Belonging without commitment: the Christocentric view and the traditionist perspective on modern religion

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Abstract

This essentially theoretical article suggests a novel way to conceptualise the middle spaces of people whose link to religion is perceived as partial and fragmentary–the vast majority of the population in the world of the twenty-first century, who belong to a religious tradition but are quite selective in their observances. We first argue that current conceptualisation of the middle spaces suffers from a predisposition we view as ‘Christocentric’. As the key to an alternative and non-Christocentric approach, we suggest the concept of ‘traditionism’, which permits a new theoretical discussion of the meanings of religion for contemporary individuals who belong to a religious tradition but are not fully committed to its current authorities or affiliated with recognised denominations. As a case study to clarify the new, non-Christocentric conceptualisation, we suggest the religious identity of contemporary ‘Arab Jews’–Jews whose families originated in the Muslim Middle East–to highlight the potential contribution of a certain Jewish perspective to an understanding of modern religion as tradition and of modern practitioners of religion who belong to no denomination as ‘traditionists’.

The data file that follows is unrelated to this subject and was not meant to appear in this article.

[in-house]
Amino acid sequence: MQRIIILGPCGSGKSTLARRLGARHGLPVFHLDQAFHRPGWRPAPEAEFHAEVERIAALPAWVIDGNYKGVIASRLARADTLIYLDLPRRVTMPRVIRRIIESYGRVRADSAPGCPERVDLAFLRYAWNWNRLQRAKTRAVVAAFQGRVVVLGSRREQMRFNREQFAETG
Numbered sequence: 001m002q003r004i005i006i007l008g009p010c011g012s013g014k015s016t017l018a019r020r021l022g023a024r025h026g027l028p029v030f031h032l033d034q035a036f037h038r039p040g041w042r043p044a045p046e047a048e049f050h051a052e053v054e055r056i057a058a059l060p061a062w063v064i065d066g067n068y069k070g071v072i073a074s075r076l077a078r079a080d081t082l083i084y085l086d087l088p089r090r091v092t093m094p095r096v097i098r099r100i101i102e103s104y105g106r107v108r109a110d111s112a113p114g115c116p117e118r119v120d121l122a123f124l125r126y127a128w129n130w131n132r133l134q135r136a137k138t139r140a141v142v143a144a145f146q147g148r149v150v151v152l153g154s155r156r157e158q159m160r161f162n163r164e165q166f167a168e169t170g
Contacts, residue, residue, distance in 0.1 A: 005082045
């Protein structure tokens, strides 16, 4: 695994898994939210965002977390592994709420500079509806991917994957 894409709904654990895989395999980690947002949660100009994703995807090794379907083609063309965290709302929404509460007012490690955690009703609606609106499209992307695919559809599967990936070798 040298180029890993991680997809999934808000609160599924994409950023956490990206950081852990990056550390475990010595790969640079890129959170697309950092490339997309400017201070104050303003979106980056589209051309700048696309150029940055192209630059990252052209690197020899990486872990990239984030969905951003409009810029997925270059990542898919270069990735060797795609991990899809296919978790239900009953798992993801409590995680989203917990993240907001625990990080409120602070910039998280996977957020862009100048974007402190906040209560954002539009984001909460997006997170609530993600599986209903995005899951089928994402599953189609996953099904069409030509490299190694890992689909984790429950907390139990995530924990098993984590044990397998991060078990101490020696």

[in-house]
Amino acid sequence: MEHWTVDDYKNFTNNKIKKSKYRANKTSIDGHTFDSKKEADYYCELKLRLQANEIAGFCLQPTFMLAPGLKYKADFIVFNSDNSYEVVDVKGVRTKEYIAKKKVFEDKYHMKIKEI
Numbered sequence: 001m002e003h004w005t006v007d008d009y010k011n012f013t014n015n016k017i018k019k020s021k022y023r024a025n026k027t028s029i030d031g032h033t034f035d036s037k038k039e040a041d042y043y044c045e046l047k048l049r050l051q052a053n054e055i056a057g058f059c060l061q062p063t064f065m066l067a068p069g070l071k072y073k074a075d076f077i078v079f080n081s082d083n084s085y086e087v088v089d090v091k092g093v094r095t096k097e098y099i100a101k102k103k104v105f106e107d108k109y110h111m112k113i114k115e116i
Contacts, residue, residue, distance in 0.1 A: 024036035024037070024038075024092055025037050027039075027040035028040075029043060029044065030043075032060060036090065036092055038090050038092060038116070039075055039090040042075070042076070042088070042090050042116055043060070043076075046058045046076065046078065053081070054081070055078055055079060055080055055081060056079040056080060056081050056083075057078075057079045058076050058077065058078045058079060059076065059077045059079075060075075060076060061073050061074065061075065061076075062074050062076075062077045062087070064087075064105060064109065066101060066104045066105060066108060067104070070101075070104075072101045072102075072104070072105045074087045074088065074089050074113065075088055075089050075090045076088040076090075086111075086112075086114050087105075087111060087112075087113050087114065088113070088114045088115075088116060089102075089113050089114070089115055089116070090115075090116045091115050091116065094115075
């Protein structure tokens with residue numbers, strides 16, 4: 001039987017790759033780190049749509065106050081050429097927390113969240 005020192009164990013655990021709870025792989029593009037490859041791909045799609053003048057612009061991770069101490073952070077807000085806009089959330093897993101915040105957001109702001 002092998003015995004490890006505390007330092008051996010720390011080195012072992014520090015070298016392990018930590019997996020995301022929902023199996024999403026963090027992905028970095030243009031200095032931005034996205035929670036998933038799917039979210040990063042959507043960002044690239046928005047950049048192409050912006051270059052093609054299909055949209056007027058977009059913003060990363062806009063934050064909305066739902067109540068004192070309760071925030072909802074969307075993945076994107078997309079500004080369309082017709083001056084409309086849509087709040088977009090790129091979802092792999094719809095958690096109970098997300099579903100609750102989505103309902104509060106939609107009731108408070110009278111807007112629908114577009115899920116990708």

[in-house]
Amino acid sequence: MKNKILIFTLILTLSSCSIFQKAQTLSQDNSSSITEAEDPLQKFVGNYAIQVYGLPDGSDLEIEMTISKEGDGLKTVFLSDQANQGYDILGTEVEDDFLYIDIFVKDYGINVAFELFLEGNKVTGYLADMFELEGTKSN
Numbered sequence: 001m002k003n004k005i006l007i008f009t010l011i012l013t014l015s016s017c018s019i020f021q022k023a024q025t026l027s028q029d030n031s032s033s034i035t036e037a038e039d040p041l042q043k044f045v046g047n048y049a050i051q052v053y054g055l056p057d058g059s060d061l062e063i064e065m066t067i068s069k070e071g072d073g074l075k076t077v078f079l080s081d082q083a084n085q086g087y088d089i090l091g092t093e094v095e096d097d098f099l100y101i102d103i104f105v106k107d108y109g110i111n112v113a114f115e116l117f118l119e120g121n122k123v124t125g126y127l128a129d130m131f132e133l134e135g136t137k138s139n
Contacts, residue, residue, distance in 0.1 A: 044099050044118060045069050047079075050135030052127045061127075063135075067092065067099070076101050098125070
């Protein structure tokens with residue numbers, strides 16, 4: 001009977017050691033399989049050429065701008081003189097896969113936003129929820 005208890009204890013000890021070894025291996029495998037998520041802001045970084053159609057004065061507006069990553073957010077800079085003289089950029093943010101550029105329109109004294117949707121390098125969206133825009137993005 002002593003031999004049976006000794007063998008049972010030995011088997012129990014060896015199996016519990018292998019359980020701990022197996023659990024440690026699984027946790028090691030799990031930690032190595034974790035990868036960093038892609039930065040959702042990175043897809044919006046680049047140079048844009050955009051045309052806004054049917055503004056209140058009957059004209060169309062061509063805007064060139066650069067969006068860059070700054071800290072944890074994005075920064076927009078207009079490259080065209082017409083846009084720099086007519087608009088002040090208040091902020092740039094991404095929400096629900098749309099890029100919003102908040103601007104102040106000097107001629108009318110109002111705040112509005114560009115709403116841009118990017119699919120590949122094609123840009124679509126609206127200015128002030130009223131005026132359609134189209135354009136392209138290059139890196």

Original languageEnglish
Pages (from-to)235-252
Number of pages18
JournalCulture and Religion
Volume19
Issue number2
DOIs
StatePublished - 3 Apr 2018

Bibliographical note

Publisher Copyright:
© 2018 Informa UK Limited, trading as Taylor & Francis Group.

Keywords

  • Israel
  • Middle East
  • Theory of religion
  • secularisation
  • sociology of religion
  • tradition

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